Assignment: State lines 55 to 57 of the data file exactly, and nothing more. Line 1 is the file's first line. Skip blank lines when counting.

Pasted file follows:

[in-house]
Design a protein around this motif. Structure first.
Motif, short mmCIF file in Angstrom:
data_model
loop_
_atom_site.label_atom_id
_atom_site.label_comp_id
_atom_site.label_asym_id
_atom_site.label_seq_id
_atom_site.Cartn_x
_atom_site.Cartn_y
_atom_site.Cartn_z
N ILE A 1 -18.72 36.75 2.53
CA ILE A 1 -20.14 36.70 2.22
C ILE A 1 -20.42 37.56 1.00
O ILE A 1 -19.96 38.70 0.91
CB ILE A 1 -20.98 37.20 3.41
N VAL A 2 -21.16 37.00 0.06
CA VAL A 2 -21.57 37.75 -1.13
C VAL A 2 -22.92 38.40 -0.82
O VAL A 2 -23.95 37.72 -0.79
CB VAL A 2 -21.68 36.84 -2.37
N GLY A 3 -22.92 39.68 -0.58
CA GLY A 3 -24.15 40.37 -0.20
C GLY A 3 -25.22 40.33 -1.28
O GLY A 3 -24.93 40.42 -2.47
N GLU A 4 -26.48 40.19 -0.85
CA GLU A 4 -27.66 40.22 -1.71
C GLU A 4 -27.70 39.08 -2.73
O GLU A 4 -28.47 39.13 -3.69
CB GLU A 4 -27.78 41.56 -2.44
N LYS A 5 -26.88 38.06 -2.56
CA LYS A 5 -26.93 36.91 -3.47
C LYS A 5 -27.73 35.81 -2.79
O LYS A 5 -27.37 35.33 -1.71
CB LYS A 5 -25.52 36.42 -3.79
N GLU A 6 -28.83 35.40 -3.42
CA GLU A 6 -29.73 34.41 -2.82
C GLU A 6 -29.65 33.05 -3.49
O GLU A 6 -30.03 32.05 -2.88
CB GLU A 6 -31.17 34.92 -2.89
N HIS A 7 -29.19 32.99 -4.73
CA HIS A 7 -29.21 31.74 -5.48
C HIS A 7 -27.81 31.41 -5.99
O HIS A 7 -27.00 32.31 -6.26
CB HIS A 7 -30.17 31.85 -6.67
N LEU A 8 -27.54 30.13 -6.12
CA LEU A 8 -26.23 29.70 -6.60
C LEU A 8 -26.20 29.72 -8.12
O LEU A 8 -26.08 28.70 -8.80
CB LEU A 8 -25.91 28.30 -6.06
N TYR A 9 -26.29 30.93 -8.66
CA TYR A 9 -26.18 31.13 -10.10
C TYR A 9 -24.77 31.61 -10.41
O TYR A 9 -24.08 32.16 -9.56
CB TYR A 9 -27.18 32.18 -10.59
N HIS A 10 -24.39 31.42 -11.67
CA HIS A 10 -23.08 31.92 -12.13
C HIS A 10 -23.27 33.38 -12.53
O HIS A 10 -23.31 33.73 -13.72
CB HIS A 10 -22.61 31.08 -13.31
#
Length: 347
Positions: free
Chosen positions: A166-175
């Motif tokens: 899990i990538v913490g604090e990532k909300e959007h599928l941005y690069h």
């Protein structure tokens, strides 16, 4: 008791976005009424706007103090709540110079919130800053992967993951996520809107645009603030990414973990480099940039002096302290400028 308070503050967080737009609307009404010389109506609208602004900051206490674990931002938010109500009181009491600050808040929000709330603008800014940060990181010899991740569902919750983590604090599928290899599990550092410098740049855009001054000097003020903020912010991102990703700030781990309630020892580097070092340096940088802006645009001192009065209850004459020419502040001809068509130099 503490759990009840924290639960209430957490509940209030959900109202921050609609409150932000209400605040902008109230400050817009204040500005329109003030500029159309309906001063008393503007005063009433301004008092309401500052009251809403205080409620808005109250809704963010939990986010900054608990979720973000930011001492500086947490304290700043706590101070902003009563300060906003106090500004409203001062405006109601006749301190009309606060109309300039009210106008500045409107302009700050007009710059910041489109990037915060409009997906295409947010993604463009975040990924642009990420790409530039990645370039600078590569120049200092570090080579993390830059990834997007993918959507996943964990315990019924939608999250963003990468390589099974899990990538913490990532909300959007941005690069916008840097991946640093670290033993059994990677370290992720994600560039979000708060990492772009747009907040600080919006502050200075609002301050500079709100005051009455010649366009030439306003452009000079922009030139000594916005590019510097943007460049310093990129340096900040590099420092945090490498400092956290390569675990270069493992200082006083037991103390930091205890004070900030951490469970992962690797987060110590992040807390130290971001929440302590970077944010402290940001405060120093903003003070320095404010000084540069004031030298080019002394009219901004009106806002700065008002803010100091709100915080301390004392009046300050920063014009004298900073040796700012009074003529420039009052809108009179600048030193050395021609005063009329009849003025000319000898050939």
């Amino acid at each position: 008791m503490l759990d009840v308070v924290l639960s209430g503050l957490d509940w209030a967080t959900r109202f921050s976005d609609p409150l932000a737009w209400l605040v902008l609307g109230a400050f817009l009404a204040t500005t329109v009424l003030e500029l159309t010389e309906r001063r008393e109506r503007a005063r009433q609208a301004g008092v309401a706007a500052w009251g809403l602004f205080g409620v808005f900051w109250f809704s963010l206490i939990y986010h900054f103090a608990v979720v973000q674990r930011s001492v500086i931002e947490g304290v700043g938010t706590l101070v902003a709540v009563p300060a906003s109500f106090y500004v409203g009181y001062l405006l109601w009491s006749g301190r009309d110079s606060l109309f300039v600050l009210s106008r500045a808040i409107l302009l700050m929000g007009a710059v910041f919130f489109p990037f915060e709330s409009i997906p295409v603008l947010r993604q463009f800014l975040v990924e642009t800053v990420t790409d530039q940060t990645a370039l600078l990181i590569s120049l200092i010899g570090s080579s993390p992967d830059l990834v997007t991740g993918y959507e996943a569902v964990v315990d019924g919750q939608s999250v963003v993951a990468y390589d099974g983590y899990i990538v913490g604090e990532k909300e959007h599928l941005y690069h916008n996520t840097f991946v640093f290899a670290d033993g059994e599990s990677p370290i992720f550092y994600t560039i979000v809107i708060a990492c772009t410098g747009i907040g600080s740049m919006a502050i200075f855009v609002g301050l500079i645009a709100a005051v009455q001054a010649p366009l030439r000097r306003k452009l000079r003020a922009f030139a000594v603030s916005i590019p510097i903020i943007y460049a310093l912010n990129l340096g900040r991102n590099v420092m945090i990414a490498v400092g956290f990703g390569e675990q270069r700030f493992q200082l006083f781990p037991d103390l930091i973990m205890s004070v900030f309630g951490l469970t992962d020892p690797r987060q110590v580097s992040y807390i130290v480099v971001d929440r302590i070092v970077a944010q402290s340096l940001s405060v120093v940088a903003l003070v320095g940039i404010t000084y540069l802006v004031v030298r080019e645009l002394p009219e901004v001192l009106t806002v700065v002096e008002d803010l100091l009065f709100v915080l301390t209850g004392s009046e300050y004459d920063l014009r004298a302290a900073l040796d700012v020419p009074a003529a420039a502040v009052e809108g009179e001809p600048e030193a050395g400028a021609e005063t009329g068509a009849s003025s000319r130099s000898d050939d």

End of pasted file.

O TYR A 9 -24.08 32.16 -9.56
CB TYR A 9 -27.18 32.18 -10.59
N HIS A 10 -24.39 31.42 -11.67